We press on, arriving in Wąchock as yet another, even more massive clouds blow over. Below: Wąchock's Cistercian Abbey dates back to the 12th Century. The one restaurant in town is closed for a wedding, so we press on and shelter from the storm by some trees overhanding a roadside embankment. Still no thunder (trees being the worst place to shelter under when the lightning starts to flash).

More rain: Just south of Rataje, another heavy rainstorm hits us. Again, we sit it out under a tree by the side of the road (below). Progress is slow; we've not gone far and the afternoon's getting on.

Left: We sit out yet another heavy shower in a bus shelter in the village of Rataje. As we did so, we observed this old woman walking through the pouring rain; her baggage (patched rucksack, plastic bags) indicating that she's a vagrant. I wondered what personal tragedies beset her life and caused her to wander the village roads of the Świętokrzyskie hills. Once, she must have had a sweetheart...

After Rataje, we entered the Sieradowicki Landscape Park. The road through the park - over 8.5km) was mainly straight, cobbled (hard work, even for front suspension mountainbikes) and undulating. We watched a rather ludicrous cavalcade of 4x4 drivers wasting petrol and a Saturday afternoon driving up and down this road. (Like, guys, don't you have enough of driving during the week?)

Out of the forest and into a gorgeous late afternoon. The scene above set something off in me emotionally. That old feeling that I've been here before, except not here, but somewhere identical in 1930s USA. The play of the light on the trees, the clarity of the sky, the greenery, the wooden fence - this is not something from my UK childhood memories.

With light fading fast, we make it through Bodzentyn, Św. Katarzyna, Krążno and Porądbki. En route for Bielany Kapitulne, we pass this house fire, lit by a fading sun. Round the corner we see the fire engine racing to the scene.

At Św. Katarzyna, my determination to get to our hotel - the Jodłowy Dwór situated at the foot of Święty Krzyż before nightfall - was challenged by the presence of a large number of agroturystiki (rural B&Bs) in the town. All now have mobile phone numbers advertised, so you can check vacancies from outside. But Eddie's no quitter - he insists on going the distance. So we press on. At Huta Nowa we turn uphill and start winching our way towards Huta Szklana, where our hotel is located. We walk the last kilometer, it's just too steep for Eddie's tired legs (he's done well - we covered 67 km today!) and arrive at the hotel at 21:25. Too late for hot food, but some sandwiches get rustled up in the kitchen. Bikes stowed, we clean up and get some well-earned sleep.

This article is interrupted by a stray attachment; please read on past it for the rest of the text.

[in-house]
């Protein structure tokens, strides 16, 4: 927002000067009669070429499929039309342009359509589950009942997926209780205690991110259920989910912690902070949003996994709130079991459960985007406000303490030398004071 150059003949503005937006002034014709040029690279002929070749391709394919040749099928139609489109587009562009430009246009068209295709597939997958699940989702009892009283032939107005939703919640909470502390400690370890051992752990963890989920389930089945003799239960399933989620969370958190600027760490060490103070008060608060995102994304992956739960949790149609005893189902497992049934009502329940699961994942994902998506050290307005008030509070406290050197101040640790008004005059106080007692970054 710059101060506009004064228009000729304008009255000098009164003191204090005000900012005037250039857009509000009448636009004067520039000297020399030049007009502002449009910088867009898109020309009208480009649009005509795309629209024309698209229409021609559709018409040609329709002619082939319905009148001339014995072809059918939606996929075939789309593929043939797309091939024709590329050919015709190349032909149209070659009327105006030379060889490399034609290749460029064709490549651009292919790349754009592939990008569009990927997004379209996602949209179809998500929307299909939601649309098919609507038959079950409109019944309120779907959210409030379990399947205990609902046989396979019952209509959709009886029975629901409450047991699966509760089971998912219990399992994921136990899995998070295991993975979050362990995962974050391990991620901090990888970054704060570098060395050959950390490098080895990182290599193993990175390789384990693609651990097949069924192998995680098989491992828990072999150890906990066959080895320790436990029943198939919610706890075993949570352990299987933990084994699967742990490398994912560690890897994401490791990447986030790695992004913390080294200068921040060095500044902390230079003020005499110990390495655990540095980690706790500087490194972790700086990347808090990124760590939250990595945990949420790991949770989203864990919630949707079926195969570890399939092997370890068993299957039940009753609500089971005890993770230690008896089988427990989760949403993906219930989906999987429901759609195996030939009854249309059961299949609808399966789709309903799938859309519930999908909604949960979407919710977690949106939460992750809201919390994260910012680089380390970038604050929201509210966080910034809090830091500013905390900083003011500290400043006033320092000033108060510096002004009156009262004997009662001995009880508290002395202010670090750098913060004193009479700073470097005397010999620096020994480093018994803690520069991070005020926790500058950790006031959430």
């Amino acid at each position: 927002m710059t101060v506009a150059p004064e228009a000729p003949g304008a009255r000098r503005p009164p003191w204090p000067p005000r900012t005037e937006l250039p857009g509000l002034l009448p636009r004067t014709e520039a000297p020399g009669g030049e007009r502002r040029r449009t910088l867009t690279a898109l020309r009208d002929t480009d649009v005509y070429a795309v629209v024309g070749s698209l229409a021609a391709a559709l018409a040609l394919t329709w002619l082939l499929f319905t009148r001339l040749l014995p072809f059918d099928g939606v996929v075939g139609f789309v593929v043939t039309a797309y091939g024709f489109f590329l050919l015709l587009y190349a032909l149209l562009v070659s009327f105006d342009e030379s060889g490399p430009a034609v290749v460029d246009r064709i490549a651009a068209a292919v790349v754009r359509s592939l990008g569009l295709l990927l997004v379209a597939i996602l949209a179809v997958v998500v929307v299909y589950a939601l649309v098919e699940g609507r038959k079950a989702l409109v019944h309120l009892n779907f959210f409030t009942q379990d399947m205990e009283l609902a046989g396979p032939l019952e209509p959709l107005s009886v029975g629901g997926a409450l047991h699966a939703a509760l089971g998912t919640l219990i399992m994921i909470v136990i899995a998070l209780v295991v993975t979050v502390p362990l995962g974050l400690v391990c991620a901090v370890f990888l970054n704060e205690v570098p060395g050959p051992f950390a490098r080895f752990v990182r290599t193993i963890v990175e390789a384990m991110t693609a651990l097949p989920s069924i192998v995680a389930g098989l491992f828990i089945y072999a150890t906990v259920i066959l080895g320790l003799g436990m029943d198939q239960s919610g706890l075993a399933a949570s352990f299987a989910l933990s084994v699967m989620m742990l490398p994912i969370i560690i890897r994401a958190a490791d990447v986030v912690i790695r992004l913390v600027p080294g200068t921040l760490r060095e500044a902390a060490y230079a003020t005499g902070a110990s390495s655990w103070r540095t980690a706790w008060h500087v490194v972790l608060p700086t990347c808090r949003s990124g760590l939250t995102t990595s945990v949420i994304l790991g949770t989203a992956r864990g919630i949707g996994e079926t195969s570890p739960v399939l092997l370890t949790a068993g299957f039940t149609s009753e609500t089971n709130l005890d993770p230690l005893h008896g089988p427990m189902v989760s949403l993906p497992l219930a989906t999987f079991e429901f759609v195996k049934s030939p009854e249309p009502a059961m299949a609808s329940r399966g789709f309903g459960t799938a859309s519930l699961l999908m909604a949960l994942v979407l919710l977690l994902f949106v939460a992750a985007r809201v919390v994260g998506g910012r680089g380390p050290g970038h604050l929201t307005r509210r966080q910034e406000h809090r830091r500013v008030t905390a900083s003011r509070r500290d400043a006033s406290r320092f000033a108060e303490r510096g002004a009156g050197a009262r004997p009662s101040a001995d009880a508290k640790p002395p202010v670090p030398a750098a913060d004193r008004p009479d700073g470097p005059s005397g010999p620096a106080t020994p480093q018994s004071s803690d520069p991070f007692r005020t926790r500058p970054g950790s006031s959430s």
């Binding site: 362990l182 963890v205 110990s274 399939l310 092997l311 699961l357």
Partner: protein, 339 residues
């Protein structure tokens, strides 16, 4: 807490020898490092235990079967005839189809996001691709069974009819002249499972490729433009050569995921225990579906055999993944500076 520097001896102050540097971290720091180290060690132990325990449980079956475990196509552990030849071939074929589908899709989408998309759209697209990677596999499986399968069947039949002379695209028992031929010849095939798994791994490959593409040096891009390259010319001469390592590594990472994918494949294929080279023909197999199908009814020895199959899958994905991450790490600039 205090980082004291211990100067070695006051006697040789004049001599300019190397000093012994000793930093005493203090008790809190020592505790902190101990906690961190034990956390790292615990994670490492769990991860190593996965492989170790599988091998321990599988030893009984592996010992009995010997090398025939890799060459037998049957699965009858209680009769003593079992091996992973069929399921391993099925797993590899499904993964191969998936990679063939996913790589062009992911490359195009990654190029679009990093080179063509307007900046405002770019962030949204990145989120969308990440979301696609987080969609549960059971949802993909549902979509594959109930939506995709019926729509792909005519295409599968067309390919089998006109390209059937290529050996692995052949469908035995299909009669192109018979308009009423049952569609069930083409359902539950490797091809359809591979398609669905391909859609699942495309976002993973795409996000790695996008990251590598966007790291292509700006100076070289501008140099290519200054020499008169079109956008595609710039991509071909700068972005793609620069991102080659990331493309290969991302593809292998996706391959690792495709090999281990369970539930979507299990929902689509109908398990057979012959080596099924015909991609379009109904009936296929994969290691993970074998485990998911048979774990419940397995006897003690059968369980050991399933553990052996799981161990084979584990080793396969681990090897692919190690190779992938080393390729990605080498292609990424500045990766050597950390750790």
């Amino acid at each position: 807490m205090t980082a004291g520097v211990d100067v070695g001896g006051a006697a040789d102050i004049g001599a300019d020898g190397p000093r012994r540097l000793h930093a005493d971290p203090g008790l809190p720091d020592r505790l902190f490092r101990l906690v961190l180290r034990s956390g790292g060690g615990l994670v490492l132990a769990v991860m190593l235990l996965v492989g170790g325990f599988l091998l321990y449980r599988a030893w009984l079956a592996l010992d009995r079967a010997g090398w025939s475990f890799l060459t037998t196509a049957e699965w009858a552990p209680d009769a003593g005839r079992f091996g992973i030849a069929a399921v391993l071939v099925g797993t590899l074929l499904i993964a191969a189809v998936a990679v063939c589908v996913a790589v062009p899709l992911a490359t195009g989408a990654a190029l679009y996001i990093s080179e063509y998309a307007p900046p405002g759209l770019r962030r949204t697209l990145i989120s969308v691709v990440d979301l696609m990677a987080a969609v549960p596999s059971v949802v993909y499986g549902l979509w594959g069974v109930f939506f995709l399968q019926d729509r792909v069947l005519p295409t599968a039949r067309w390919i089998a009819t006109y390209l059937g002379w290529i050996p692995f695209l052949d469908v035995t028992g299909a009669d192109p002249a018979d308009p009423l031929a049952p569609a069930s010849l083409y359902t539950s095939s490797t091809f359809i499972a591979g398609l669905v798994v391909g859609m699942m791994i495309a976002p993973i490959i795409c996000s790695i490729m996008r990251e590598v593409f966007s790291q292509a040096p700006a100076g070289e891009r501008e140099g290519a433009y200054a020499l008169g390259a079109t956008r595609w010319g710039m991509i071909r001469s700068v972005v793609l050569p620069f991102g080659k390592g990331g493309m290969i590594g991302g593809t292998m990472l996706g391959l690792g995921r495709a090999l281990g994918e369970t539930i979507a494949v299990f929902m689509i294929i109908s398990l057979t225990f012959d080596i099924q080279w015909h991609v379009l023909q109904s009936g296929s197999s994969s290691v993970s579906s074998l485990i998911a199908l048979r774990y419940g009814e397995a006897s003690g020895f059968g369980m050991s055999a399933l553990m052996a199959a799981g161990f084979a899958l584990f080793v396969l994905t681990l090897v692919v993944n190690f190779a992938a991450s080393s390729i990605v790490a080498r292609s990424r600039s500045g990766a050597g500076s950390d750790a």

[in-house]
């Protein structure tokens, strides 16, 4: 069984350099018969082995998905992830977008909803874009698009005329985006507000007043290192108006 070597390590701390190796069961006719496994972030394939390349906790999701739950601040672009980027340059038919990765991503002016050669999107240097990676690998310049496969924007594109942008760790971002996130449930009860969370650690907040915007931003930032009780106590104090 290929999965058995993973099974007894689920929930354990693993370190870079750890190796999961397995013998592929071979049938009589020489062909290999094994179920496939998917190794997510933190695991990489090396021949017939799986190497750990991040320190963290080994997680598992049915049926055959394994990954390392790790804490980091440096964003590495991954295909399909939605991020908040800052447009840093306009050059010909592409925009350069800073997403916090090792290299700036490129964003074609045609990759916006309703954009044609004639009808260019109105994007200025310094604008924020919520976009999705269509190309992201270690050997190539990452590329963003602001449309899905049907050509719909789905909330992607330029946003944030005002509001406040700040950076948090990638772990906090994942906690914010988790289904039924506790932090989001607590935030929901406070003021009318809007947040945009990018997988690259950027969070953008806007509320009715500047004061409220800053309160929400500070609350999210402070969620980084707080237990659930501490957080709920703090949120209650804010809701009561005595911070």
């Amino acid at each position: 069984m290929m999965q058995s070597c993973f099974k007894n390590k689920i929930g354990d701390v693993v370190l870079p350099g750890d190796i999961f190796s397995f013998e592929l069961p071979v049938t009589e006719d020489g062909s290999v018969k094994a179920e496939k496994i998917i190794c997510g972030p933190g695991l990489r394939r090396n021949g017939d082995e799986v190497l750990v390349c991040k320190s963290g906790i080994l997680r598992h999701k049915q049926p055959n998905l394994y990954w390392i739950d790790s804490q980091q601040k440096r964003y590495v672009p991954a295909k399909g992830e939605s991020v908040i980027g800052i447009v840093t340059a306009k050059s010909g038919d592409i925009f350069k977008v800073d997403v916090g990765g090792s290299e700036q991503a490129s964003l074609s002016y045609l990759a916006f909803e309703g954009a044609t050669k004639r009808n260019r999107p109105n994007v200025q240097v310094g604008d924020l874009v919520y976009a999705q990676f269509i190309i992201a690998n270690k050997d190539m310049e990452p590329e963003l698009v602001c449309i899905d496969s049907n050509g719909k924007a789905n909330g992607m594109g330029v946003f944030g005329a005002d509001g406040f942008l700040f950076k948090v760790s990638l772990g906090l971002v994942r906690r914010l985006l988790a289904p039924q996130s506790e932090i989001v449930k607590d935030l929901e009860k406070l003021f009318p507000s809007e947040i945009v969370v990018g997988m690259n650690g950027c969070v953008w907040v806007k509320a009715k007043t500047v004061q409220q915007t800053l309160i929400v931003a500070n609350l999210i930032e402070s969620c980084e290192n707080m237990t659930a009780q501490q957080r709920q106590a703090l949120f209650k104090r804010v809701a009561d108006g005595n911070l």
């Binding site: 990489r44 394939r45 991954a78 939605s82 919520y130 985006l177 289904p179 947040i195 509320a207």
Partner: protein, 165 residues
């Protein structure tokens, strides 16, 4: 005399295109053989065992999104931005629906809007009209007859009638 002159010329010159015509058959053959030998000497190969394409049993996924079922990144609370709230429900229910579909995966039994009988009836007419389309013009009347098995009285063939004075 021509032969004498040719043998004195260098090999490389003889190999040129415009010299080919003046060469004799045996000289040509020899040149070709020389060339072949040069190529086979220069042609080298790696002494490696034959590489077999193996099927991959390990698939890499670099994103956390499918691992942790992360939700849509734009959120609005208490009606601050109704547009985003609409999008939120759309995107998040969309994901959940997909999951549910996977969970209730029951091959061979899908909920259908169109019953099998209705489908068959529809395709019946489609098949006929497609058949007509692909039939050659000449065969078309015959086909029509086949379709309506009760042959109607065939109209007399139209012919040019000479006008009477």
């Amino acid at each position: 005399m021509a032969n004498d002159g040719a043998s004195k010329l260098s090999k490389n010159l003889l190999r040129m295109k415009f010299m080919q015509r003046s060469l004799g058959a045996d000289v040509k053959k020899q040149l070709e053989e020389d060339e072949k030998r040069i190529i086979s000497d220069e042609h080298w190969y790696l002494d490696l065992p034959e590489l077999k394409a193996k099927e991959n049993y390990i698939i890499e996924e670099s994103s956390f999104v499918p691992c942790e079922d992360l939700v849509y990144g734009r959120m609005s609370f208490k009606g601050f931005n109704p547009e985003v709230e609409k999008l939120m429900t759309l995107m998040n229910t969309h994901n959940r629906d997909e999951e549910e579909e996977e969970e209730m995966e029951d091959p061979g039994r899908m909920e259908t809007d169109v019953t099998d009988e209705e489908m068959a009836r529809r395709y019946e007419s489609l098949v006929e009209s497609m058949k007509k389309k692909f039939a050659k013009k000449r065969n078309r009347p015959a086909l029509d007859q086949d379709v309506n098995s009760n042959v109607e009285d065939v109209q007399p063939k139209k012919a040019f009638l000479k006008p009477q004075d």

After Sunday breakfast, we set off up Święty Krzyż on foot. The mountain (or rather hill, a mere 594m above sea level) was a place of pagan cult. Note the rock rubble (gołoborze) in the foreground. A little further on, we pass a TV transmission tower (which reminds me that we're at the highest point of Poland north of the Tatras).

As it is with these things, along came the Benedictine Monks and turned a place of pagan cult into a place of Christian cult. This monastery reputedly houses a fragment of the cross of Jesus (hence the name of the mountain range). Brought to Poland by Emeric, son of the king of Hungary, the fragment soon had an entire 12th Century monastic infrastructure built up around it.

Sadly, the crypt (with non-decomposed bodies of 18th Century monks and local aristocrats) does not open until 12:15 on Sundays (rest of the week 9am), so Eddie missed out on this.

Worth looking at this page and this page (both in Polish) for pics of the monastery interior plus the crypt.

I've been here three times - the first two times popping up during breaks from training seminars held at the Jodłowy Dwór hotel at the foot of the hill. Tourism has come along nicely since my first visit, in 1998, helped by EU pre-accession funds with more on tap. As long a places like this don't turn out as crowded as Zakopane and Kazimierz Dolny.

The monastery is a popular pilgrimage destination (we saw two large groups of pilgrims making their way up the hill, each headed by a priest with a megaphone and a man carrying a huge cross. Above: The east gate. The place attracts tourists from all over Poland and from as far away as the United States of America.

The road home was less eventful. The road to Kielce has been improved with EU funds; there are proper cycle paths along the edges and smooth tarmac, so we made good time. Eddie proved to be an excellent cyclist with huge stamina, he kept up a cracking pace, to the extent that we arrived at Kielce station over an hour before our train back to Piaseczno!

Eddie took a photo of me at Kielce station, triumphant at our combined feat.

Total distance cycled this weekend - 119km, plus another 5km walking to the top of Święty Krzyż and back. What makes Eddie's acheivement all the more impressive is a) his bike weighs a whole lot more than mine and b) he doesn't have pedal clips as I do, which make a huge difference to pedalling efficiency.

This time last year:
Memorable day out in Lublin